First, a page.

He was already moving, as soon as the thought crossed his mind. He'd been putting it off ever since the Crisis, but it was time to see his old town. Winnicut Mills, New Hampshire, was only about 120 miles as the crow flies from Smithville. He figured he could make it there and back well before the O'Connells started getting worried about his "walk in the woods."

The sky blasted against his face as Clark accelerated into the wind, rosy clouds rushing by as he shot away from the sun towards the Atlantic. Clark loved the flying. It was the best part of being who he was. Even going slow enough to make sure that he didn't tear up his clothes (his protective aura, which he could have sworn he didn't have when he first got his powers, only could do so much to protect loose-fitting T-shirts and jeans), it only took thirty seconds to reach his old home town.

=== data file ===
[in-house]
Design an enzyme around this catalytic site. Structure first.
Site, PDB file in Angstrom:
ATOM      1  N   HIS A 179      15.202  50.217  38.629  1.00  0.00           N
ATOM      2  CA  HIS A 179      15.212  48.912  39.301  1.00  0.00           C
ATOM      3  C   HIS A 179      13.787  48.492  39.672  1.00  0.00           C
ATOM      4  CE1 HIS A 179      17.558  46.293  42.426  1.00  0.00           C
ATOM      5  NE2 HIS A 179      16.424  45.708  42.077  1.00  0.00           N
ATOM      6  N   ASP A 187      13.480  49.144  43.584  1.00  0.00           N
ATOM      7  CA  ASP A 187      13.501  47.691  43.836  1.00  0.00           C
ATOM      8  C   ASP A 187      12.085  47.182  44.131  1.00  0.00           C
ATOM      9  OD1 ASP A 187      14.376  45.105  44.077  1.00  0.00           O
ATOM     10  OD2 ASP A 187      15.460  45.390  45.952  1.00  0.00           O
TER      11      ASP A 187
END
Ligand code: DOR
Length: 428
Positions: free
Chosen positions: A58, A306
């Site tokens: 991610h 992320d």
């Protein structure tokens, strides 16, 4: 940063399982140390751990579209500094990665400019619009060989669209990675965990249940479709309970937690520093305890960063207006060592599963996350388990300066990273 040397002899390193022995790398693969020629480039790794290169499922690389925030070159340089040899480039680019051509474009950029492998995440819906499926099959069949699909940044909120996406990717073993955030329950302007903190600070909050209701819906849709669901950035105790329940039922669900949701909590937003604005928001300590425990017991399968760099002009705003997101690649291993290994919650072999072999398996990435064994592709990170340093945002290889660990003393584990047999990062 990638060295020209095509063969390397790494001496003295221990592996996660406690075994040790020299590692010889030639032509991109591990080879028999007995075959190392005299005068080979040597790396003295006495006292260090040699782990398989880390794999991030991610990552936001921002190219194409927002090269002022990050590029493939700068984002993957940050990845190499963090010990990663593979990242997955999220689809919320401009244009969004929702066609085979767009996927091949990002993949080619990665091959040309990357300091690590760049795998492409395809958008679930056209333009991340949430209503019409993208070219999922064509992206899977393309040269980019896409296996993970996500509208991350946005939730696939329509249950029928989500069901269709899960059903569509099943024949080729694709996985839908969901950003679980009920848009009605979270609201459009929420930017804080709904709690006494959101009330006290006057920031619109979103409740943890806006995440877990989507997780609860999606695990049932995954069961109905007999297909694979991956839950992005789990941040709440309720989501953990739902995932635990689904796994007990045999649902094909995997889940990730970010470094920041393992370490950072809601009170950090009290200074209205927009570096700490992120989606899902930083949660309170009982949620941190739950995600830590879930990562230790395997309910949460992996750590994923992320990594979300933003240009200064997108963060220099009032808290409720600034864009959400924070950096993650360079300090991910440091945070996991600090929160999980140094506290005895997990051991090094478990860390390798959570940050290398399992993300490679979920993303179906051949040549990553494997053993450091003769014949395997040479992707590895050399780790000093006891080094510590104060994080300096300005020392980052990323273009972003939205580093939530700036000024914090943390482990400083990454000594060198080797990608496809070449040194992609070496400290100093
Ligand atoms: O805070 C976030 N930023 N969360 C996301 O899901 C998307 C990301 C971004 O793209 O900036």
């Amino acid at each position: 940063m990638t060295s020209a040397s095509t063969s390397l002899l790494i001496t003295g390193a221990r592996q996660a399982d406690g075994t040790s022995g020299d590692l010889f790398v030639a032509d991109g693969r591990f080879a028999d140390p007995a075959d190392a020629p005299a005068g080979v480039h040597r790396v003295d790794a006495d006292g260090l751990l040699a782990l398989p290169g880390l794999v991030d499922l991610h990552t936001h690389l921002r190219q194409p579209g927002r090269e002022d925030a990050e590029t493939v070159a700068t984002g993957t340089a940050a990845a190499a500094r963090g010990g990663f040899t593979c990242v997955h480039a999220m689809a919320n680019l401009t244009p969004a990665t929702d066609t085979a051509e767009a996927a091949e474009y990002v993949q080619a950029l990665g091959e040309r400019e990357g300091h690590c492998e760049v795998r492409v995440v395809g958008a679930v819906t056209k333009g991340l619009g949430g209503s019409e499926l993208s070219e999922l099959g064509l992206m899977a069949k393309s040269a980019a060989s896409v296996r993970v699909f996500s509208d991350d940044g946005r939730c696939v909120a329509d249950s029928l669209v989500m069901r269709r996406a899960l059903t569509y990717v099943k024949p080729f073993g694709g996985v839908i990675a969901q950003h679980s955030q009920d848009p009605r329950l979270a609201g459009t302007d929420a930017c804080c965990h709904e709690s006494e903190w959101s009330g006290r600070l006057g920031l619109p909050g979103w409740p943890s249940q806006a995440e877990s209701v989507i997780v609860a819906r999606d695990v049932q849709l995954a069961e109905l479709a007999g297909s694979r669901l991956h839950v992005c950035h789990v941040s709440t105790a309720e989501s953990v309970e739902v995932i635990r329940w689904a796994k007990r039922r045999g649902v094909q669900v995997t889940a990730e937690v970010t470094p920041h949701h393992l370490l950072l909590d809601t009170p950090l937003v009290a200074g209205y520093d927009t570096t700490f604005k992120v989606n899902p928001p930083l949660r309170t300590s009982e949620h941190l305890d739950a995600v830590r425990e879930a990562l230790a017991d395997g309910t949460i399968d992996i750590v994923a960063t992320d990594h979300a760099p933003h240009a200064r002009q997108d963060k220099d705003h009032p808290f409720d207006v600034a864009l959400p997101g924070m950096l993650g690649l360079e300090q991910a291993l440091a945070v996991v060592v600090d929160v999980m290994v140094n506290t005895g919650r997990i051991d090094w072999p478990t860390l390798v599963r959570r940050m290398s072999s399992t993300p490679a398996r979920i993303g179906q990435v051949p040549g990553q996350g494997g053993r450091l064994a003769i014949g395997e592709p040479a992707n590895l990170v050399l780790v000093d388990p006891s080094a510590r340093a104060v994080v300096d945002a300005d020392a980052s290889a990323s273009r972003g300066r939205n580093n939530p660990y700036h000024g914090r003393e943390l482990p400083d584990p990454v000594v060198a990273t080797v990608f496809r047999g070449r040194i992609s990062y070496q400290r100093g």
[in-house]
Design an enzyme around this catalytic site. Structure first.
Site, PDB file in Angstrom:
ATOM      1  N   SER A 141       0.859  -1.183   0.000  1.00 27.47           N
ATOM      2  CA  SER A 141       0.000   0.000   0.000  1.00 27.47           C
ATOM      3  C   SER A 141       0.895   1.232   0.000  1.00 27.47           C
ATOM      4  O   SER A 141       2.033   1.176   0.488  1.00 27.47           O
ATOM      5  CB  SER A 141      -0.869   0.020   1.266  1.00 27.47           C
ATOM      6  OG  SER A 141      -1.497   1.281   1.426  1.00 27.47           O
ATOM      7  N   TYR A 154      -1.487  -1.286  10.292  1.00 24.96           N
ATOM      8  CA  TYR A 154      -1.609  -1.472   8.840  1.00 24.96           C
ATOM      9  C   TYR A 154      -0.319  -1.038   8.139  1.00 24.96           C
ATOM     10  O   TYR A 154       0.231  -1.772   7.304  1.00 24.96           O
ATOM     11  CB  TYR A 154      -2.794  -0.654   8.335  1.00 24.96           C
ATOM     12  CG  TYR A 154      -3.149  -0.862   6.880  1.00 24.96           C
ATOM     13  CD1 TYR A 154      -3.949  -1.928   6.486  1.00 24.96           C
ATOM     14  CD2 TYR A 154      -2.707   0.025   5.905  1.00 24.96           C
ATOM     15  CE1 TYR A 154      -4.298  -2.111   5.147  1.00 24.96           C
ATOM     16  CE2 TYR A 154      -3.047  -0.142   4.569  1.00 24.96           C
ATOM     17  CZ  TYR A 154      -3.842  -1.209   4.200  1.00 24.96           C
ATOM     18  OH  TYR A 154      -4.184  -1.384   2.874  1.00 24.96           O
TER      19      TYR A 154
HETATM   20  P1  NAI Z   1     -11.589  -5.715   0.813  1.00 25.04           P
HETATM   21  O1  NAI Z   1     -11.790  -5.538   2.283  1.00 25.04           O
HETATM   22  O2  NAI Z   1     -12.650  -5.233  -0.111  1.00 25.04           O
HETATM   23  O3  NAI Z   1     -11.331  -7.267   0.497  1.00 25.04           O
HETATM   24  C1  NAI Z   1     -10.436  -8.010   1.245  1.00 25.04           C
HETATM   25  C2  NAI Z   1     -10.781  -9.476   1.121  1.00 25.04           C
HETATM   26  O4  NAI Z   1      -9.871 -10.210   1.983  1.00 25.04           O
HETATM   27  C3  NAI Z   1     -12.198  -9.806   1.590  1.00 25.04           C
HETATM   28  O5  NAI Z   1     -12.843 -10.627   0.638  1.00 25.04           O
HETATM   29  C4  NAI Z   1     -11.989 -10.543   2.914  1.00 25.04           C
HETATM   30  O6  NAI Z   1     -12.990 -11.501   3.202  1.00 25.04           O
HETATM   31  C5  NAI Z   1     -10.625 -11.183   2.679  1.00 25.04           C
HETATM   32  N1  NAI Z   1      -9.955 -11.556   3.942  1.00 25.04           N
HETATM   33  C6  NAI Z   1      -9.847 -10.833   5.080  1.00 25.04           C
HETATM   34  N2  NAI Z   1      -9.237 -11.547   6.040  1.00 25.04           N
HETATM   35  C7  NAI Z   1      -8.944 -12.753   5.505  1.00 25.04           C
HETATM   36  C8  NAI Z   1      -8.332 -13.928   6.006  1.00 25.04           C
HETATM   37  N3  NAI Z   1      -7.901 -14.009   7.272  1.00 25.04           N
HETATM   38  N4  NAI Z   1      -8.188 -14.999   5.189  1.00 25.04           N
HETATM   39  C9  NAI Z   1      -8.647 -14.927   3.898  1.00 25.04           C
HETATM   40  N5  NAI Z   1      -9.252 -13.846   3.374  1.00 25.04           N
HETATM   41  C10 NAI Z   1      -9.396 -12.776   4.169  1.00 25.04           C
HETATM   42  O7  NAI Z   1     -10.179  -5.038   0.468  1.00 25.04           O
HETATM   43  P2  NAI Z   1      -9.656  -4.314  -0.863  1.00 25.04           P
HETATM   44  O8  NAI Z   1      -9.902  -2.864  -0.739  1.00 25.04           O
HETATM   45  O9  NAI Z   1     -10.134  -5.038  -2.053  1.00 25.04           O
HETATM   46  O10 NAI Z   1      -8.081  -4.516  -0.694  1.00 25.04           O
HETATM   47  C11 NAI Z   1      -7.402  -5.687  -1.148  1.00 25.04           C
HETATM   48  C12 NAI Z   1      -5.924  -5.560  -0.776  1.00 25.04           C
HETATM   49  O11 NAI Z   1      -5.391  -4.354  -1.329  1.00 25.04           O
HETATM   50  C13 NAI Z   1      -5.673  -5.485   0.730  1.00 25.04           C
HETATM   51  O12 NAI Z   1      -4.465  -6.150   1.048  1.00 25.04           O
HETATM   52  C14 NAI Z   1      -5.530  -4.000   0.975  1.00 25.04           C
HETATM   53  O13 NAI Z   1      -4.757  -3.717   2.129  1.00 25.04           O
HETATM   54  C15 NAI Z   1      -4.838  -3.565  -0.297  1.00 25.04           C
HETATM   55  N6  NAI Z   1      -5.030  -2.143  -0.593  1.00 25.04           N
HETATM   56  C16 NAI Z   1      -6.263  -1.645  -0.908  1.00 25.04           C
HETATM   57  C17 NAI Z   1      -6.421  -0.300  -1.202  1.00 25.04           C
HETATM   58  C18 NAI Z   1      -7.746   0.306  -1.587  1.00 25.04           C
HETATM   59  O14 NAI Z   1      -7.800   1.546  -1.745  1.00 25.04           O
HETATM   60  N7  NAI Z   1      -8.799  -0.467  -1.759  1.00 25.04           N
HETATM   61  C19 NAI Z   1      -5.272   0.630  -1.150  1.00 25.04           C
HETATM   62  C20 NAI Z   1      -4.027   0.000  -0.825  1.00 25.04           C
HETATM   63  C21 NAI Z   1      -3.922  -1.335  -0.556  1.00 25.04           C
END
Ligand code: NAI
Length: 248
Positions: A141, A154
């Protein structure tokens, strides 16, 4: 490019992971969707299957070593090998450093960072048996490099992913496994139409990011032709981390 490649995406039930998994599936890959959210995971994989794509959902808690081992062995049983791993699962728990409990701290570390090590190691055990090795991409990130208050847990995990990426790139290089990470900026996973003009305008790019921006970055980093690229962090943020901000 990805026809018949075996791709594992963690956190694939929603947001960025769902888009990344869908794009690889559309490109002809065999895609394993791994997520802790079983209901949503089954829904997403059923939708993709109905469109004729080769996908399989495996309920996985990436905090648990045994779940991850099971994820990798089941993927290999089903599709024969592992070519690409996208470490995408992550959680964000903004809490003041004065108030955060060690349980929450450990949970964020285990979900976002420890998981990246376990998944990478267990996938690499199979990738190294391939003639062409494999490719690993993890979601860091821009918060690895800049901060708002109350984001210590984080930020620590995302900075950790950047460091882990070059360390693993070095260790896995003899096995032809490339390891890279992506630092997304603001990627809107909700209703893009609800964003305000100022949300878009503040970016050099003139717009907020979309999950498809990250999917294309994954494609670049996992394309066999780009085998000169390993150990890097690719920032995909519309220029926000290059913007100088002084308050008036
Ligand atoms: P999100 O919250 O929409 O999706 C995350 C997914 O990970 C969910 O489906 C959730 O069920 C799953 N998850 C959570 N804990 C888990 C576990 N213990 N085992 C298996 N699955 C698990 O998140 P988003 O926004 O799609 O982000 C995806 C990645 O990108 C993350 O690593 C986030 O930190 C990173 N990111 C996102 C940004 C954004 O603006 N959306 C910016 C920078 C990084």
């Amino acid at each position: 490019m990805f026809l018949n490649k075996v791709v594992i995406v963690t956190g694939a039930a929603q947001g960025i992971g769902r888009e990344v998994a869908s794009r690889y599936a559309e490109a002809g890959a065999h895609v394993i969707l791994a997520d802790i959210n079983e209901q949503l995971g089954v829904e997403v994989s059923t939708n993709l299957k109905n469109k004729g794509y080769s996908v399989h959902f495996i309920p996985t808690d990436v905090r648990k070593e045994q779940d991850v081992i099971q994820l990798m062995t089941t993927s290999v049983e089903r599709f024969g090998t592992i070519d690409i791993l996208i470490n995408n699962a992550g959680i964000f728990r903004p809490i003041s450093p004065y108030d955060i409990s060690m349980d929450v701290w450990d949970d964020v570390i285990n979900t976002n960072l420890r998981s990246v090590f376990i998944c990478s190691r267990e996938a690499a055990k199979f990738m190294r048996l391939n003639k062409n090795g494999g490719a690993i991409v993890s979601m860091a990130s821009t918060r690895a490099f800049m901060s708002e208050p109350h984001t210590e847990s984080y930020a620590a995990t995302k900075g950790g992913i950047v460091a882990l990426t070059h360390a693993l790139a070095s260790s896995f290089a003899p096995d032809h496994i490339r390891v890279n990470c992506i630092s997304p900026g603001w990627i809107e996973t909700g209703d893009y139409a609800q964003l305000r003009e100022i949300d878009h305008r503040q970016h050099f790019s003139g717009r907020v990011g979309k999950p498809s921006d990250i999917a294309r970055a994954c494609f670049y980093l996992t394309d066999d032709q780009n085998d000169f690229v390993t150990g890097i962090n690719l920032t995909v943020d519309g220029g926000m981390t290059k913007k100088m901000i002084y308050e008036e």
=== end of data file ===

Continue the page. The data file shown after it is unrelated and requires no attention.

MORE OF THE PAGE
From up in the sky, it didn't seem too different. But it was only when he saw the cemetery that he realized how much things had changed.

Clark dropped to the Earth in front of a pair of headstones, flat granite monuments to the people buried underneath.

Jerome Kent: 1952 – 1987.

Naomi Kent: 1954 – 1987.

But they weren't his parents. Clark couldn't admit that they were. Like this world's Superman, they were based on his parents perhaps, but they weren't his mother and father. They couldn't be.

"You don't know who I am, do you?" he asked the headstones. "Well, I didn't know you, either. I'm from a different world. Where I came from…is different than here. There weren't super-people fighting all over the world. People didn't die by the millions in horrible acts of super-war. There were just…men. Not Supermen. Maybe I wasn't supposed to be a part of that world. Maybe I was supposed to be your son, in this world. But…we'll never know, will we?"